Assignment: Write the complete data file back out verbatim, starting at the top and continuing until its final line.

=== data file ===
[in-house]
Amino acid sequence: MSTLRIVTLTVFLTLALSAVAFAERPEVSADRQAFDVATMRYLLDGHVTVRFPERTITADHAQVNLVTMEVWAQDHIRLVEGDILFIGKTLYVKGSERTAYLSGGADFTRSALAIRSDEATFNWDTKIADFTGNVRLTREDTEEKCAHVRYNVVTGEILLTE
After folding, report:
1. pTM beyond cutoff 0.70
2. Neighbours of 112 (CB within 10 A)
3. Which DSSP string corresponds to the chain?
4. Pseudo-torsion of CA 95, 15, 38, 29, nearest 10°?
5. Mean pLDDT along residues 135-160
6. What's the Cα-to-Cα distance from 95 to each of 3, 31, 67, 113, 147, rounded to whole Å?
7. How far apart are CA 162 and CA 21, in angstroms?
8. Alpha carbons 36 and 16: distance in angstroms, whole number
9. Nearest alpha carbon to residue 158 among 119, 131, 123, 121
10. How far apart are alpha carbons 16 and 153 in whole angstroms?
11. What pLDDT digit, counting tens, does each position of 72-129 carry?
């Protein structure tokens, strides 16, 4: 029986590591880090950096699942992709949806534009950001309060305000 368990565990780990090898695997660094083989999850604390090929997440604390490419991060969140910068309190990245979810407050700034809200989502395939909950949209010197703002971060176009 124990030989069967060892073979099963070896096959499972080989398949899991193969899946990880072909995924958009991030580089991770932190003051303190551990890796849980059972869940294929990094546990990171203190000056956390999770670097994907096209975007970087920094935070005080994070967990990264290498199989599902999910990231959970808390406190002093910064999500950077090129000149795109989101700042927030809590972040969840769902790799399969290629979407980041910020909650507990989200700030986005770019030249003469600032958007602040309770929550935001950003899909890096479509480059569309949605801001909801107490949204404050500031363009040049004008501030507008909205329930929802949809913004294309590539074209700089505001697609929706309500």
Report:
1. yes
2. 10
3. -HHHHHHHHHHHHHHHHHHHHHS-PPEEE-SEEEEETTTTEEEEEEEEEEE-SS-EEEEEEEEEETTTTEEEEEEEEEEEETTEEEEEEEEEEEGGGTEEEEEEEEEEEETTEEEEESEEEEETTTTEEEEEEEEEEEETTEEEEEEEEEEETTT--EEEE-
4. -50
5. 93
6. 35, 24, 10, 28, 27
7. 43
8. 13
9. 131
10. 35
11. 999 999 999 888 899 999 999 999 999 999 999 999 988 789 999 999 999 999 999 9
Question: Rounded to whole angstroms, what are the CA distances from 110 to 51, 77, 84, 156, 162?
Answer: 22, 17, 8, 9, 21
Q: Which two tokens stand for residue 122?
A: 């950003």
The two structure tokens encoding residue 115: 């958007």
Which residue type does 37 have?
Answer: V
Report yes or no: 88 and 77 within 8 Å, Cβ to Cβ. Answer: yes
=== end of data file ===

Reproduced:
[in-house]
Amino acid sequence: MSTLRIVTLTVFLTLALSAVAFAERPEVSADRQAFDVATMRYLLDGHVTVRFPERTITADHAQVNLVTMEVWAQDHIRLVEGDILFIGKTLYVKGSERTAYLSGGADFTRSALAIRSDEATFNWDTKIADFTGNVRLTREDTEEKCAHVRYNVVTGEILLTE
After folding, report:
1. pTM beyond cutoff 0.70
2. Neighbours of 112 (CB within 10 A)
3. Which DSSP string corresponds to the chain?
4. Pseudo-torsion of CA 95, 15, 38, 29, nearest 10°?
5. Mean pLDDT along residues 135-160
6. What's the Cα-to-Cα distance from 95 to each of 3, 31, 67, 113, 147, rounded to whole Å?
7. How far apart are CA 162 and CA 21, in angstroms?
8. Alpha carbons 36 and 16: distance in angstroms, whole number
9. Nearest alpha carbon to residue 158 among 119, 131, 123, 121
10. How far apart are alpha carbons 16 and 153 in whole angstroms?
11. What pLDDT digit, counting tens, does each position of 72-129 carry?
């Protein structure tokens, strides 16, 4: 029986590591880090950096699942992709949806534009950001309060305000 368990565990780990090898695997660094083989999850604390090929997440604390490419991060969140910068309190990245979810407050700034809200989502395939909950949209010197703002971060176009 124990030989069967060892073979099963070896096959499972080989398949899991193969899946990880072909995924958009991030580089991770932190003051303190551990890796849980059972869940294929990094546990990171203190000056956390999770670097994907096209975007970087920094935070005080994070967990990264290498199989599902999910990231959970808390406190002093910064999500950077090129000149795109989101700042927030809590972040969840769902790799399969290629979407980041910020909650507990989200700030986005770019030249003469600032958007602040309770929550935001950003899909890096479509480059569309949605801001909801107490949204404050500031363009040049004008501030507008909205329930929802949809913004294309590539074209700089505001697609929706309500």
Report:
1. yes
2. 10
3. -HHHHHHHHHHHHHHHHHHHHHS-PPEEE-SEEEEETTTTEEEEEEEEEEE-SS-EEEEEEEEEETTTTEEEEEEEEEEEETTEEEEEEEEEEEGGGTEEEEEEEEEEEETTEEEEESEEEEETTTTEEEEEEEEEEEETTEEEEEEEEEEETTT--EEEE-
4. -50
5. 93
6. 35, 24, 10, 28, 27
7. 43
8. 13
9. 131
10. 35
11. 999 999 999 888 899 999 999 999 999 999 999 999 988 789 999 999 999 999 999 9
Question: Rounded to whole angstroms, what are the CA distances from 110 to 51, 77, 84, 156, 162?
Answer: 22, 17, 8, 9, 21
Q: Which two tokens stand for residue 122?
A: 């950003």
The two structure tokens encoding residue 115: 């958007």
Which residue type does 37 have?
Answer: V
Report yes or no: 88 and 77 within 8 Å, Cβ to Cβ. Answer: yes